His challenge is daunting. Competing on the CITGO Bassmaster Tour as well as another national circuit — along with possibly qualifying for the coveted Elite 50 Tour — means the 30-year-old California pro will be away from home for half of 2005.
“I won’t be home for six months,” said Monroe, the only African-American ever to qualify for the CITGO Bassmaster Classic from the professional ranks. “I’m pretty sure I’ll make the E-50s again. I’ve got a better chance this year to make them than I did last year. With so many events to fish, I’m not going to have any time to come home.”
That’s why Monroe has done more preseason preparation than usual.
“I’m completely ready,” he said. “Everything is sitting in my garage. My boat’s ready to go and so is my tackle. Everything I’ll need is ready to go.
“Basically, I’ve spent a whole month going through every single box of tackle I own. I went through and made sure everything is organized. I’ve got all brand-new hooks and weights and spools of line, rods, reels – everything.
“I also did some homework on the Internet – getting maps, making contacts to find out about water levels and things like that. Hopefully, I’ll be able to get some pictures of the lakes and know what they look like before I get there.”
The other part of preparing for this six-month tournament grind involves the physical challenge.
“Basically, you just try to do as much exercise as you can while you’re home,” Monroe said. “Sometimes it’s hard to do because you get lazy, but I’ve been drinking a lot of water and going to the gym as much as I can.
“I think I’ll be physically ready.”
NO PAIN … NO CLASSIC? Speaking of the physical demands of professional bass fishing, it’s the subject of a report on this week’s edition of ESPN2’s BassCenter. The program takes a look at the different approaches taken by today’s young guns versus the more traditional methods of the old guard.
Whereas many of the younger pros take frequent trips to the gym and work with professional trainers to develop a regimen that will help them get into fishing shape, lots of the old pros believe there’s no better way to get ready for competition than by spending lots and lots of time of the water.
BassCenter reports on both sides of the training issue – the Bubbas and the new breed.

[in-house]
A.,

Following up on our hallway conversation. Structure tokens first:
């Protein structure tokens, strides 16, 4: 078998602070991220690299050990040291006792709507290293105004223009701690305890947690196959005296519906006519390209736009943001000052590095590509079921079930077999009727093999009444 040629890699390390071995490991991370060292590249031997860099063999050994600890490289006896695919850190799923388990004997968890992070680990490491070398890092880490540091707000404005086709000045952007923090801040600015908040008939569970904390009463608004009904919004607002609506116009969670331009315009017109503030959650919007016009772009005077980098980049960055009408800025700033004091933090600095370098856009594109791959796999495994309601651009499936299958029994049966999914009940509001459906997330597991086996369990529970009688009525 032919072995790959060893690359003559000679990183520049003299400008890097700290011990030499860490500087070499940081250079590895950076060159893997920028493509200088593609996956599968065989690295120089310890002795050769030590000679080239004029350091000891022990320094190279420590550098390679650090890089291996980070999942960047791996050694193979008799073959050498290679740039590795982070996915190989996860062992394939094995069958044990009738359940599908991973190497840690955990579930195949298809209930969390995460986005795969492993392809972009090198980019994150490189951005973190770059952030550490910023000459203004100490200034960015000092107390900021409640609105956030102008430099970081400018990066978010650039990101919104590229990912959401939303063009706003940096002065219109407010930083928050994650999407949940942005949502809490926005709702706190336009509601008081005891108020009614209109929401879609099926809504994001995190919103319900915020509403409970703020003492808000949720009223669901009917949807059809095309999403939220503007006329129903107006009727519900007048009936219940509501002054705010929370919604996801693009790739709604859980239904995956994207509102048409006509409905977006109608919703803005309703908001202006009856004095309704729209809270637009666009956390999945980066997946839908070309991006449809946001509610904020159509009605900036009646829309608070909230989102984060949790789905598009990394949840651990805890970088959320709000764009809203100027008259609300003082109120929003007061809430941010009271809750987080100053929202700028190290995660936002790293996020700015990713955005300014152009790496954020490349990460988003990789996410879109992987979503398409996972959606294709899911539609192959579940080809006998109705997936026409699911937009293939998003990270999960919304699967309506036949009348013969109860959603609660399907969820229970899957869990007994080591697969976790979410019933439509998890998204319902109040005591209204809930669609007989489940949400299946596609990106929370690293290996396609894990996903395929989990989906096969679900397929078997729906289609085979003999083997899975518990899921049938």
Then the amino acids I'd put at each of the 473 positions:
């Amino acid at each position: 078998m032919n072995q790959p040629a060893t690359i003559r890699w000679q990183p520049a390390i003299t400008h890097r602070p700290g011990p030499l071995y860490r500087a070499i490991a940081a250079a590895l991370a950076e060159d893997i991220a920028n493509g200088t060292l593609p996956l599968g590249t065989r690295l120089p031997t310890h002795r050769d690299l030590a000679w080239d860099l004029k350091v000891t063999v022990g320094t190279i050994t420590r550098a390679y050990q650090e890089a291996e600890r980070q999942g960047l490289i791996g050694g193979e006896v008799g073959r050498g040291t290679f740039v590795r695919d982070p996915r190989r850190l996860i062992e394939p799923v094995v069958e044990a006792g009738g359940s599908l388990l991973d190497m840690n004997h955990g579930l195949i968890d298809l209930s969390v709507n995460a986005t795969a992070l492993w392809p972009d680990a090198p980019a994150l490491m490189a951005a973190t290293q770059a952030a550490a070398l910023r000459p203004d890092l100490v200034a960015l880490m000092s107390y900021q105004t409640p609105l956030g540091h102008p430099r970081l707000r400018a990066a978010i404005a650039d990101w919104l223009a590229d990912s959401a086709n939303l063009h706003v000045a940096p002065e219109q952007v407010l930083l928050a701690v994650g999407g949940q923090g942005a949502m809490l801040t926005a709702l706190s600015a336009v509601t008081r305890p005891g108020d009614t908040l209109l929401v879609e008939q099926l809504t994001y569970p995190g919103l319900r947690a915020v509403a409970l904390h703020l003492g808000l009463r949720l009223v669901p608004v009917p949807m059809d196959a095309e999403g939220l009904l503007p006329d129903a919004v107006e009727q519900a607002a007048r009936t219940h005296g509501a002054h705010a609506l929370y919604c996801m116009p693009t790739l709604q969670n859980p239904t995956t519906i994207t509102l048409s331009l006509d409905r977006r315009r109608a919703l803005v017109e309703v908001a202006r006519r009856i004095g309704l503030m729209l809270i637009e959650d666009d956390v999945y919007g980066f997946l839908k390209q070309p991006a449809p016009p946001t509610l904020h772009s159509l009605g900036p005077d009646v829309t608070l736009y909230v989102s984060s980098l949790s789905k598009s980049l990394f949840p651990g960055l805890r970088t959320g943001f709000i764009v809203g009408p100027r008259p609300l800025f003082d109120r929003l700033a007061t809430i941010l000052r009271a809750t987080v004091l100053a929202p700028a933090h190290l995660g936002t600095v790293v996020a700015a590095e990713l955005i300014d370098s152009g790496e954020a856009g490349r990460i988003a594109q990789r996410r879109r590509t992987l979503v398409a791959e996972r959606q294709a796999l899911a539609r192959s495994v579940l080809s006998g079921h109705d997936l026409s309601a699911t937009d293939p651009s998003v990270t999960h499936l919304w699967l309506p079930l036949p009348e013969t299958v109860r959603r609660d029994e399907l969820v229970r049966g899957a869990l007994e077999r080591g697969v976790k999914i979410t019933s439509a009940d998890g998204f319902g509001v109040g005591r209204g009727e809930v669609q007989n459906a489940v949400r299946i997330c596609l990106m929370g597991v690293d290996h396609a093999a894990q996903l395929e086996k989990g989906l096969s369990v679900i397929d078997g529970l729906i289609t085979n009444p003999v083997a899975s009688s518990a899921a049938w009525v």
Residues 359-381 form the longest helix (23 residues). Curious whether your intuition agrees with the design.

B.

Tune in to BassCenter each and every Saturday morning at 7:00 and 11:00 a.m. on ESPN2.
BERKLEY’S GAIN. In the biggest move of the off-season, 2003 Classic champion Michael Iaconelli has signed a deal with Berkley to endorse its fishing line, soft-plastics and hard-plastic lures.
“It was a big move for me, and I’m glad to be with a company like Berkley,” Iaconelli said. “One of the little hidden treasures in my deal is that I will get to design some new, innovative baits for 2006 and 2007.”
SWITCH HITTERS. A majority of the CITGO Bassmaster pros are also avid hunters who spent as much of the fall in the woods as possible.
Ohio pro Joe Thomas enjoyed an outstanding hunting year in 2004. His bow hunting successes included bagging a free-ranging bison in New Mexico, a mountain goat that scored in the top 60 ever taken by bow according to the Pope and Young Club, a black bear in British Columbia and an impressive whitetail deer in Illinois that scored 156 on the Boone and Crocket Club scoring system.
Texas pro Kelly Jordon recently harvested the whitetail of a lifetime (scoring 150 gross points on the Boone and Crockett system) in south Texas.
“The buck’s rack has an inside spread of 21 1/8 inches,” Jordan said. “I’ve always wanted a really wide-racked deer for the wall, and this was it!”
DID YOU KNOW? This will be the 14th year of the Bassmaster CastingKids program, which has involved more than 1.5 million youngsters and awarded more than $2.7 million in cash, scholarships and prizes.
PRO BIRTHDAYS Virginia pro Rick Morris will be 43 on Jan. 11. Texas pro Bud Pruitt turns 39 two days later. Missouri’s Mark Tucker will blow out 44 candles on Jan. 31. A pair of former Classic champions (Ken Cook, 58, and Denny Brauer, 56) will celebrate their birthdays on Feb. 2 and 3, respectively.
IF I HADN’T BECOME A BASS PRO… Tour pro Sean Hoernke of Texas would likely have carved out a career in a slightly faster sport. He was a professional motocross competitor before he became a pro angler.
THEY SAID IT. “Smile all the time. Be nice. We don’t realize – each and every one of us, whether you’re a pro angler or any adult – how much influence we have over young people. We need to set a good example for those youngsters.” Three-time BASS Angler of the Year and 1995 CITGO Bassmaster Classic champion Mark Davis offers advice for his fellow pros.
BASS is the world's largest fishing organization, sanctioning more than 20,000 tournaments worldwide through its Federation. The CITGO Bassmaster Tournament Trail presented by Busch Beer, which includes the all-new Bassmaster Elite 50 series, is the oldest and most prestigious pro bass fishing tournament circuit and continues to set the standard for credibility, professionalism and sportsmanship as it has since 1968.
For more information, contact BASS Communications at (334) 551-2375 or visit www.bassmaster.com.